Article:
Monday, January 26, 2015

The Middle East, Felix Mendelssohn - Money, Free Speech, Corporations and People


                                             



Diplomacy in the Middle East
Is it with longing that the world looks back to the Ottoman Empire which, until the First World War, maintained a loose but relatively effective control over much of the tribal Middle East which up until then was without independent nation-states.  Their religiously-based Caliphate was benign and when rebellion raised its head, it was quickly put down.

Map of Middle East

It is an understatement to say that the nations which succeeded the Ottoman Empire are in disarray.  There is unbridled violence stemming from the historic schism between Sunni and Shiite believers in Islam, and even polarities within those branches.  Compounding this is the emergence of anti-Western, anti-Israel, violent extremism.  Right now, there are at least four “failed” nations in the Middle East, places which were far better under the heel of the Turkish Ottomans than as independent countries.  These are Syria, Lebanon, Iraq and Yemen.  With a geographic stretch, one might include Libya and Somalia in this group.

How long nations such as Saudi Arabia, Jordan and the Gulf States remain viable is questionable. Turkey and Egypt present much more stability, but they are far from being democratic states, and without despotism, their long-term survival is uncertain.

Israel, child of the United Nations in 1947, and with a historic precedent for its existence, is strong proof that successful nationhood in the Middle East is possible.  The Israelis have made a prosperous, technologically advanced and self-sufficient nation out of worthless desert wasteland and should be an example to the rest of the Middle East, which spends too much of its energy trying to destroy Israel rather than trying to emulate it, which would solve most of their problems.

Attempting to deal with the Middle East means approaching problems which exist separately, and in combination with one another.  The old adage that the enemy of your enemy might be your ally pervades Middle Eastern politics.  If one were to make a list of all the players in the Middle East and note who the enemies of each were, you would see what makes diplomacy there so difficult.   

For example, everyone knows that the United States and the European nations are opposed to the jihadist Sunni anti-Western Islamic State.  But so is Shia Iran, particularly in Iraq where ISIS is attempting to seize the entire country and in Syria where the ISIS would love to overthrow Bashir al Assad. But hold on, the United States and the West would just as well like to see him go!  But Iran supports al Assad’s government.  It is inconceivable that we would ally ourselves with the Islamic State in opposing al Assad and Iran, but it is also inconceivable that we would ally ourselves with Iran in opposing the Islamic State so long as Iran is supporting Bashir and its Hezbollah proxies in Syria and Lebanon, not to speak of Tehran's support of Hamas in Gaza.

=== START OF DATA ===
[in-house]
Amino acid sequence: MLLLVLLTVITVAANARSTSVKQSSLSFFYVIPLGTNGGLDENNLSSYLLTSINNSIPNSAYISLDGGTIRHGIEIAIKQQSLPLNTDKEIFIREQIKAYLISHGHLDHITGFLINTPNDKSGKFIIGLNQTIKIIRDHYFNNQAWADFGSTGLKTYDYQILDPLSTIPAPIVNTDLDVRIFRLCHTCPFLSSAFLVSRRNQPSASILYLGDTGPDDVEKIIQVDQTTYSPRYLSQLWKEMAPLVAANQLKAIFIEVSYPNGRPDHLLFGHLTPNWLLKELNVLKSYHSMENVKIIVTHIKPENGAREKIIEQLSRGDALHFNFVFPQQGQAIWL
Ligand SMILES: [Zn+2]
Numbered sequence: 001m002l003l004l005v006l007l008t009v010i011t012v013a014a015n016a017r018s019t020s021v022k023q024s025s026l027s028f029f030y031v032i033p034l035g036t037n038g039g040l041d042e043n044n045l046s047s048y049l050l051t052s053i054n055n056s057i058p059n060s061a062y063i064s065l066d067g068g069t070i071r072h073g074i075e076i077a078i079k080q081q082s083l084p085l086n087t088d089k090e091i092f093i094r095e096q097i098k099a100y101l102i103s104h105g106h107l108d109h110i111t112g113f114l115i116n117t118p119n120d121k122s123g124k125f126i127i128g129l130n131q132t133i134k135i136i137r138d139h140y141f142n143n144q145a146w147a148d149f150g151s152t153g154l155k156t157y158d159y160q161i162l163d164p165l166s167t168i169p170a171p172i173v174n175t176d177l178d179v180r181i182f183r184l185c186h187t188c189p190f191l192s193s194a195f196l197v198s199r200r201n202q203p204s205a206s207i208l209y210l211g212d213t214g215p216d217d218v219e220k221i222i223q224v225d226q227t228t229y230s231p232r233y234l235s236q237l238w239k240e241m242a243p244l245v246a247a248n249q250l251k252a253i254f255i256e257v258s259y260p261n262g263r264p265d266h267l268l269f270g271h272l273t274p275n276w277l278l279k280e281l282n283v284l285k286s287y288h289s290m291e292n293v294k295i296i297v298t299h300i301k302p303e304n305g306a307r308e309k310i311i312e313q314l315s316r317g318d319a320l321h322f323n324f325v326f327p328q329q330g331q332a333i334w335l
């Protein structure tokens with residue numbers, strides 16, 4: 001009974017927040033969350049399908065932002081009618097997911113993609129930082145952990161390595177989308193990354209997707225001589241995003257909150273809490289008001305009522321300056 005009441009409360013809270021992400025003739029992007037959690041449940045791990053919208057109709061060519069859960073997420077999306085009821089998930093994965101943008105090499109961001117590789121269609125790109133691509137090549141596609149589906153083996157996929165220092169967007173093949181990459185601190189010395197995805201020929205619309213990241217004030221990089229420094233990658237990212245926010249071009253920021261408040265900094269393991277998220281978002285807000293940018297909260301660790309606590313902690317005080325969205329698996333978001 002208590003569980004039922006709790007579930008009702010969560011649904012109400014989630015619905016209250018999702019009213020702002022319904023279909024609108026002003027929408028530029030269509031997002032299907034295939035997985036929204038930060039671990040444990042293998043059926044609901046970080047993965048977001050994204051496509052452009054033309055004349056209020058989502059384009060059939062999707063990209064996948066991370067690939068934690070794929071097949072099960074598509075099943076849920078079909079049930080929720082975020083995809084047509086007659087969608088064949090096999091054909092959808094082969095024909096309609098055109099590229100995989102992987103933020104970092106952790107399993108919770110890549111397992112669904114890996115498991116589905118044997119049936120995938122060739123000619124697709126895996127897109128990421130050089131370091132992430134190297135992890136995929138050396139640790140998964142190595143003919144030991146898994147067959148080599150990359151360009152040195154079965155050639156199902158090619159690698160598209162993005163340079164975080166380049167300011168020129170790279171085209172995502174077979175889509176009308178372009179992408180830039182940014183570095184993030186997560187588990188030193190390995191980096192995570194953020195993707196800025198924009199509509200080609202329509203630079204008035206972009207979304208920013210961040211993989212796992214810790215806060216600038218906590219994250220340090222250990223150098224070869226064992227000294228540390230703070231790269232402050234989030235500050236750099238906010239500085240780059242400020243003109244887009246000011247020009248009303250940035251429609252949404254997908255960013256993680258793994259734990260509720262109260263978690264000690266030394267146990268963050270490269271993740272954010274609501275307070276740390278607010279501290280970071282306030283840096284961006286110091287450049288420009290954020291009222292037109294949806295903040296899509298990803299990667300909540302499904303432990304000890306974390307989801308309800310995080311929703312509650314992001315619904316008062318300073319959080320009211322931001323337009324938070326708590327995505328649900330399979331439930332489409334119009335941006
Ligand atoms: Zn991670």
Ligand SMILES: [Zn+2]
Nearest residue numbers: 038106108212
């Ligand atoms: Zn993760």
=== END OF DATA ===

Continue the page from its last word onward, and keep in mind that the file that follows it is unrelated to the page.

Image result for assad

Assad

The same kinds of scenarios can be drawn involving Saudi Arabia, the Gulf States, Jordan, Yemen, the Al Qaeda group, the Palestinians, Libya, Somalia, Egypt and Turkey.  Diplomacy is tough stuff.  And war has been defined as what happens when diplomacy fails, and up to now, "failure" has been the default position in regard to diplomacy in the Middle East.
Jack Lippman

                                                  

Felix Mendelssohn's Venture into Klezmer

Mendelssohn

I recently had the pleasure of hearing the Budapest Festival Orchestra, one of the world’s finest musical groups, perform Felix Mendelssohn’s Overture and Incidental Music for Shakespeare’s play, “A Midsummer Night’s Dream.”  I believe that of the fifteen pieces of “incidental” music Mendelssohn had composed for the piece, only about eight or ten are usually performed, the most famous of which of course is the Wedding March.  Last week, the conductor, however, chose to include two of the rarely played pieces.  The inclusion of one was, at least to me, very significant.

Mendelssohn was Jewish.  In order to succeed in his chosen field in Nineteenth century Germany, however, he felt it necessary to convert to *Christianity.  (His very talented sister, Fannie, remained Jewish and never achieved the fame that Felix did.)  But apparently, a bit of his Jewish heritage remained and it appears in one of those rarely played pieces of incidental music.  It was intended as background, or introductory music, for the scene in the play where a ridiculous and nonsensical version of the classic love story of Pyramus and Thisbe is presented.  This piece of Mendelssohn’s music is in the style of Klezmer musicians playing a "frailach" (Jewish "happy" music) at a wedding, including a clarinet solo reminiscent of Artie Shaw. The Budapest’s conductor, Ivan Fischer, made sure that Mendelssohn’s Jewish roots were not ignored.

*(Mendelssohn’s  devotion to Christianity might be attested to by the fact that among his compositions is included the Christmas carol, “Hark, the Herald Angels Sing.”)


JL

                                                      

An Issue for 2016